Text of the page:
Heathcote Expressway Major Cycle Route (MCR)

sharedpath_250x412Another long awaited MCR is now up for consultation

https://www.ccc.govt.nz/transport/cycling/major-cycle-routes/major-cycle-routes-consultation/heathcote-expressway-consultation/

Submissions due in by 4pm 23 December. The link takes you to the online maps and submission form, which is best used to make sure you tick their boxes but, don’t let it limit you. Email your full comments to Cycleways@CCC.govt.nz

Bottom line: If you want good cycle infrastructure you are going to have to make submissions and encourage others to do so as well.

The purpose of this route is to allow those who wish to cycle from Heathcote to the central city a way to do so while minimizing the NIMBY backlash from drivers and merchants who are convinced that they can’t exist in a world where motorised transport is not privileged.

Just what is meant by a major cycle way? The MCR’s are to offer cycling for the 8-80’s while also allowing people who need or want to cycle commute efficiently that option. The MCR’s should also leave footpaths to pedestrians. MCR’s are to offer reasonably direct routes well connected to a city wide cycle network.

This route appears long and circuitous. At 8 km’s in length it is about 1 km longer than most on road options. At 15 km/h that is only an extra 4 minutes. Many of us already choose indirect routes for safety and pleasant riding.

Starting out on the city end with wide separated on road cycle lanes illustrates one way to make cycling work. Using quiet streets to avoid traffic chaos is also utilised.

Where this project falls down is in relying on too many narrow width shared bidirectional paths. Ending on Martindales Road in the Heathcote Valley without connecting to any other MCR or even cycle network does not impress. None the less, it is a beginning and it needs support.

The route starts off on Fitzgerald and Ferry Roads with separated cycle lanes and a much improved intersection. Great and thanks to CCC for proving they can do cycle infrastructure.

heathcoteexp-visualisation-before-after-ferryrdFrom a short section of bidirectional shared path on Wilsons Road it converts to ‘Green Streets’ or ‘Quiet Streets’. These are residential roads with a 30 km/h limit, reduced on street parking and offering potentially enjoyable cycling assuming drivers are respectful. There several signalised crossings of major roads where strategically placed in road sensors are designed to facilitate quick crossings.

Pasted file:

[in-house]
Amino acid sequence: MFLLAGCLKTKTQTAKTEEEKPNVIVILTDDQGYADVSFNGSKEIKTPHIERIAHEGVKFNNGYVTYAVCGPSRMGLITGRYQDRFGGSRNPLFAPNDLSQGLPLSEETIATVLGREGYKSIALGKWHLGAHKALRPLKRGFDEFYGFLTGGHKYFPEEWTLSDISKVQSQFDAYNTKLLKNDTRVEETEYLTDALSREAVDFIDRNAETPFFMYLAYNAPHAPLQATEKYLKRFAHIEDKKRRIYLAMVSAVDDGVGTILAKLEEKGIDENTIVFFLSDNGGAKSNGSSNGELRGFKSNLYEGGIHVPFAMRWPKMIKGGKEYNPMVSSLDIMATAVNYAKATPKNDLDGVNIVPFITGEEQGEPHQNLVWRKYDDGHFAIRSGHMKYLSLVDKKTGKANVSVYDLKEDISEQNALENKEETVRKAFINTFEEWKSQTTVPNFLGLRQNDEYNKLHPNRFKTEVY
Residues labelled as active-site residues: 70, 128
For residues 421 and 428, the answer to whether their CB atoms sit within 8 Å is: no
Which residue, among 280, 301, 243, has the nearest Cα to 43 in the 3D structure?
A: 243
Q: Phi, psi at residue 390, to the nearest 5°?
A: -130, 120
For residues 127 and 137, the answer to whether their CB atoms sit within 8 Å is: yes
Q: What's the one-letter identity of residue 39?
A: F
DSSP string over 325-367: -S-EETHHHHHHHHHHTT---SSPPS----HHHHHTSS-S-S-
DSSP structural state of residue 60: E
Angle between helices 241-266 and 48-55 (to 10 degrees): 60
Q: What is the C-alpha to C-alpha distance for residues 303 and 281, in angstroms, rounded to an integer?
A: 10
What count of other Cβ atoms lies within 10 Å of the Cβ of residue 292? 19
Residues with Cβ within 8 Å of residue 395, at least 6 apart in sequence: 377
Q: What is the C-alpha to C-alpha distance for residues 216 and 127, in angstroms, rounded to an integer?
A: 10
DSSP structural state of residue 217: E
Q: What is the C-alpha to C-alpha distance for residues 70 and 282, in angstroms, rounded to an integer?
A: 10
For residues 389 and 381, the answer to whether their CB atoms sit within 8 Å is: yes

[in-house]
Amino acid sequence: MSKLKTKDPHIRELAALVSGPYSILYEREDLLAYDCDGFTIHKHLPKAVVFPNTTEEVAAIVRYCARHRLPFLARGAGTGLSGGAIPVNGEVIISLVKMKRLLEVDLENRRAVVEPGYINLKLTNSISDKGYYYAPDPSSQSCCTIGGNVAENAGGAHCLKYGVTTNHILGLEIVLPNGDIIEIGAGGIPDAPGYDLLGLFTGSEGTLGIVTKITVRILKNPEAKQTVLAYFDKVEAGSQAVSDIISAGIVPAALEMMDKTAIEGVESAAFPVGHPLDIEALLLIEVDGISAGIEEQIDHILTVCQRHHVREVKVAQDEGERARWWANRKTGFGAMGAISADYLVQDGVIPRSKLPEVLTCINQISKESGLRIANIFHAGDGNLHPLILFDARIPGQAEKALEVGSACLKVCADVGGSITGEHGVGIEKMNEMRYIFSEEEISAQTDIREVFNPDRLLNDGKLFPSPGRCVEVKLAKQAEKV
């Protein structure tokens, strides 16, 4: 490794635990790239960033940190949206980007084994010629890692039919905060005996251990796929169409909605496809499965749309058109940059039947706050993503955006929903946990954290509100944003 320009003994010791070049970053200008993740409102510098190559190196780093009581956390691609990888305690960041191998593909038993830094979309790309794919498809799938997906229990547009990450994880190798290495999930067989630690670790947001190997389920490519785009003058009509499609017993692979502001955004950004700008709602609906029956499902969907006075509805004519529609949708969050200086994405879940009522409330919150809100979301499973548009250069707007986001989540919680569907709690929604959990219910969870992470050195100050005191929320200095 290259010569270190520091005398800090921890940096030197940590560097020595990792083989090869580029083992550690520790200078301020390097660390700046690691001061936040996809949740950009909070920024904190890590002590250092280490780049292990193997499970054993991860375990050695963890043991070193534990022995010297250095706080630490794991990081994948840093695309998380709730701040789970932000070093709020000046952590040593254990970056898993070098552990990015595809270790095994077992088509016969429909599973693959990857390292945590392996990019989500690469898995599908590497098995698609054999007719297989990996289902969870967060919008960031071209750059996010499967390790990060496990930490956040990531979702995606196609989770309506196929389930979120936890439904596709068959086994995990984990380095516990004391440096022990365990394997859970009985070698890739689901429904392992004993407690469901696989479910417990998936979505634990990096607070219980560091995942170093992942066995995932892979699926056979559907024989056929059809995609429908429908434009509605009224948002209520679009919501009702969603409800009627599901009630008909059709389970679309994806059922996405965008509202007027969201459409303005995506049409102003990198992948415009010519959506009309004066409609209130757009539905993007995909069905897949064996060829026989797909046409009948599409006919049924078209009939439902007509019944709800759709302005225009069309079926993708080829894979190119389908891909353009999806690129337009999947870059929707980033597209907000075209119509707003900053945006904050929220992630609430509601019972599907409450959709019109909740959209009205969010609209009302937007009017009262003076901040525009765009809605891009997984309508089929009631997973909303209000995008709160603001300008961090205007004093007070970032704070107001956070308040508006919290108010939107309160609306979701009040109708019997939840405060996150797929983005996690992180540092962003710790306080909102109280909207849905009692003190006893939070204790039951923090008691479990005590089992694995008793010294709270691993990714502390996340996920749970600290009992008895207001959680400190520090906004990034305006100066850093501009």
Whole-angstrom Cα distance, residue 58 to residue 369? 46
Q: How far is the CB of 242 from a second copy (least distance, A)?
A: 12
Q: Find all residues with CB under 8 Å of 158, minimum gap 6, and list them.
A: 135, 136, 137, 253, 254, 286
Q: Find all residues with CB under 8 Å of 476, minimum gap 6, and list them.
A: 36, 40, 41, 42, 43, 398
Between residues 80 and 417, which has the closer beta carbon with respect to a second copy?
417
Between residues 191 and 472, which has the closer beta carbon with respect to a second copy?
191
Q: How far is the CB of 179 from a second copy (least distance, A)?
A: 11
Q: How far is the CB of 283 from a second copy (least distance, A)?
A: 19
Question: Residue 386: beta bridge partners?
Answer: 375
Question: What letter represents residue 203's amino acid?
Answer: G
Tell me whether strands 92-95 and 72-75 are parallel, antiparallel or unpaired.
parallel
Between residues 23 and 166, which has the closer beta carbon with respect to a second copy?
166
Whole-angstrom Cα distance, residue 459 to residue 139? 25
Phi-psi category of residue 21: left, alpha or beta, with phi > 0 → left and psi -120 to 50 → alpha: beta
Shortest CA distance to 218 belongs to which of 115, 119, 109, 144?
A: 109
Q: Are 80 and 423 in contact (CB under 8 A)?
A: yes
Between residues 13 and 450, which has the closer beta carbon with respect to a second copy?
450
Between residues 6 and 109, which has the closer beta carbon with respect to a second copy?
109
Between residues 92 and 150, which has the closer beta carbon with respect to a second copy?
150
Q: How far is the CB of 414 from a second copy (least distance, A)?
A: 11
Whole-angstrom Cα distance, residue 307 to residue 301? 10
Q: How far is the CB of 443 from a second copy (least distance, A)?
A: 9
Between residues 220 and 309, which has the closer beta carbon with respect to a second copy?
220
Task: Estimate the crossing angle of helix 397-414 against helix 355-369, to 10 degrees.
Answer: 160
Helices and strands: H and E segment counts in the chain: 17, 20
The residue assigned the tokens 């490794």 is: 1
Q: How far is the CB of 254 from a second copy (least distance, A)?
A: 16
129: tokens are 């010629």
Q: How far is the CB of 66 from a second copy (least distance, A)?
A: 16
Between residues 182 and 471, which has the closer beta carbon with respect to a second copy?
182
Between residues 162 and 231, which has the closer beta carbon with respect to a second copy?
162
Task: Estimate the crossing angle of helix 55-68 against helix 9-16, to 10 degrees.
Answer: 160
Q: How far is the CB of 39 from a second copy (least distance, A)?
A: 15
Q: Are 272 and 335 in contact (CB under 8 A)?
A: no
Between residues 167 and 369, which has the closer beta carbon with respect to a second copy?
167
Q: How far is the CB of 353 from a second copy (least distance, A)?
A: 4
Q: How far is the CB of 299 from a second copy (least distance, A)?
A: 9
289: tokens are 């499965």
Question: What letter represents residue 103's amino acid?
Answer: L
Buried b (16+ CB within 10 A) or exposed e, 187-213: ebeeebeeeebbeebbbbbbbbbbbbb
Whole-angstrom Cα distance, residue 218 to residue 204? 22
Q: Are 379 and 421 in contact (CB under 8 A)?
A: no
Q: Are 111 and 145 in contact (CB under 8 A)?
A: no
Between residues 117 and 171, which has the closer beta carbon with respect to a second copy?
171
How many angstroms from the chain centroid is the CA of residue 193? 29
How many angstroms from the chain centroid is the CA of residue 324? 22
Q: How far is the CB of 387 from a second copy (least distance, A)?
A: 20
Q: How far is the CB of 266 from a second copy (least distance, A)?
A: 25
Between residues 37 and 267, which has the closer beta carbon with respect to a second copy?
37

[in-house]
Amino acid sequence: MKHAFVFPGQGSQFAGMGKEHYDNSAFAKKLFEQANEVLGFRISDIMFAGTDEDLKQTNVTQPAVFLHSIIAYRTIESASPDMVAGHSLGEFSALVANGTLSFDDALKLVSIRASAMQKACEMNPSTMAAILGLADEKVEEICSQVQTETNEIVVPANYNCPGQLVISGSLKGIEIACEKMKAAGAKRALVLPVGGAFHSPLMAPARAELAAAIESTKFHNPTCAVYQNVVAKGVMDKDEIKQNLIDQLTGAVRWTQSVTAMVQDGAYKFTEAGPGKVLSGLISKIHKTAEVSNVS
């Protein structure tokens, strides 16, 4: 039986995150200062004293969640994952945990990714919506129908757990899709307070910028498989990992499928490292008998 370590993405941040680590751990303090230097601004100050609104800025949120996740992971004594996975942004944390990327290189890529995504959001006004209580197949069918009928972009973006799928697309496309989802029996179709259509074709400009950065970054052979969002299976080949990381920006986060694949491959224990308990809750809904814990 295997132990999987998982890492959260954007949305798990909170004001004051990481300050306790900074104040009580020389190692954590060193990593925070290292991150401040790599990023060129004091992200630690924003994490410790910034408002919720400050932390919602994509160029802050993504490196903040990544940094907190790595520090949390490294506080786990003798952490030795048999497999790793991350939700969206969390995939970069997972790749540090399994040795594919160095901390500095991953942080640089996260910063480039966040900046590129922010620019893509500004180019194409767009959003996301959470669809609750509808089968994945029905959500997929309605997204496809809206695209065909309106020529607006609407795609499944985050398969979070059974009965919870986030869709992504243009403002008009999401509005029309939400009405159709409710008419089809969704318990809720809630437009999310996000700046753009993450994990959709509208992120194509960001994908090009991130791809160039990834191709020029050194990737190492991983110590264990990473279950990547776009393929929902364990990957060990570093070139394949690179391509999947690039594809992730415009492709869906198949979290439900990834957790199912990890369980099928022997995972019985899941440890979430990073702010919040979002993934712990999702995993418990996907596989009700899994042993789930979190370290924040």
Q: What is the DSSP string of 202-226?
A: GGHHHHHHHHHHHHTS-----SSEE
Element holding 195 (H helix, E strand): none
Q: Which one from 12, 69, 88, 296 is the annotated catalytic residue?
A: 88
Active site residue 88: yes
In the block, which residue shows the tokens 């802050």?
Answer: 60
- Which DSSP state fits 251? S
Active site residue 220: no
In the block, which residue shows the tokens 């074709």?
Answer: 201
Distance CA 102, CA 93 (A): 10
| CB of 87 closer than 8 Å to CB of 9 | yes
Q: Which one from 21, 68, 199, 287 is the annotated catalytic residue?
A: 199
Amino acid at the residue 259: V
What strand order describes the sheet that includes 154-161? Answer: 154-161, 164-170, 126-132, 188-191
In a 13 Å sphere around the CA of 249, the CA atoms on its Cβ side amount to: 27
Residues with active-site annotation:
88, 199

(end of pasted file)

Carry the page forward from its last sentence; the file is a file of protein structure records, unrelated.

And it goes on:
Once it gets to Cumnor Terrace and onwards it degrades to bidirectional shared paths, most around 3 metres wide. While pedestrian and cycle traffic may be OK with this narrow width initially, there is little room for and no mention of expansion when more people take up both modes.

It finally goes off road at Kennaway Road where it follows Tunnel Road down to the main south rail line and ends on Martindales Road.

CCC had originally hoped to use the main south rail line as part of the cycle network. Kiwi Rail raised safety issues as did the reality that much of the rail route goes through isolated industrial areas where some users would feel vulnerable, especially at night.

What Can I Do?

Make a submission.

Spokes Canterbury www.spokes.org.nz has notes and a submission up on their site. (Nb: at the time of writing their site appears to be down.)

Let CCC know that you appreciate their effort, but also ask for any changes or make suggestions. The numbers of submissions received do impact what is done. Note how well the NIMBY’s have done getting on street parking to prevail over road safety on other MCR’s.

The quick bits:
Thanks for 2.1m wide separated cycle paths on Ferry Road.

Bi-directional shared paths should only be used when absolutely no other alternatives are available and must be at least 4m wide when used. Please plan for future expansion.

Hook up the Heathcote end to Main Road at Bridal Path Road. At a minimum install cycle route signs, better yet paint in the lanes.

Consult with people who cycle to best focus resources on routes which make sense.

Share this with your family and friends via social media, email…

Nb: NIMBY, not in my back yard, opposition to the MCR’s has been successful in changing routes and restoring on street parking in spite of safety concerns. NIMBY opposition is already forming against this project. Councillors need to hear from the many people who cycle, or would like to cycle, if the MCR’s are to be achieved. Yes, you personally need to both make a submission and to encourage others to do so. Thanks.

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4 Comments

  • Robert
    7 December 2016, 10:02 am

    If you want to know more about this cycleway and the Rapanu /Shag Rock Cycleway Stage 2 also out for consultation, then why not join Spokes Canterbury for a guided ride along both routes this Sunday 11th, starting at 10am from C1 Espresso (cnr High/Tuam).

    REPLY
  • Anne
    7 December 2016, 9:29 pm

    This doesn’t really pick up any of the schools or shops at or close to Opawa Road? The Tannery is a nice place to visit but commuting wise this seems out of the way from the desire line down Opawa Road??

    REPLY
    • Anne@Anne
      13 December 2016, 7:45 pm

      I agree with Anne, the Tannery is a nice place to visit but for everyday needs and for getting the kids to school Opawa Road makes more sense.

      REPLY
  • Criggie
    12 December 2016, 11:11 am

    I’ve made a point of going down Rutland street lately, just because I can.

    REPLY

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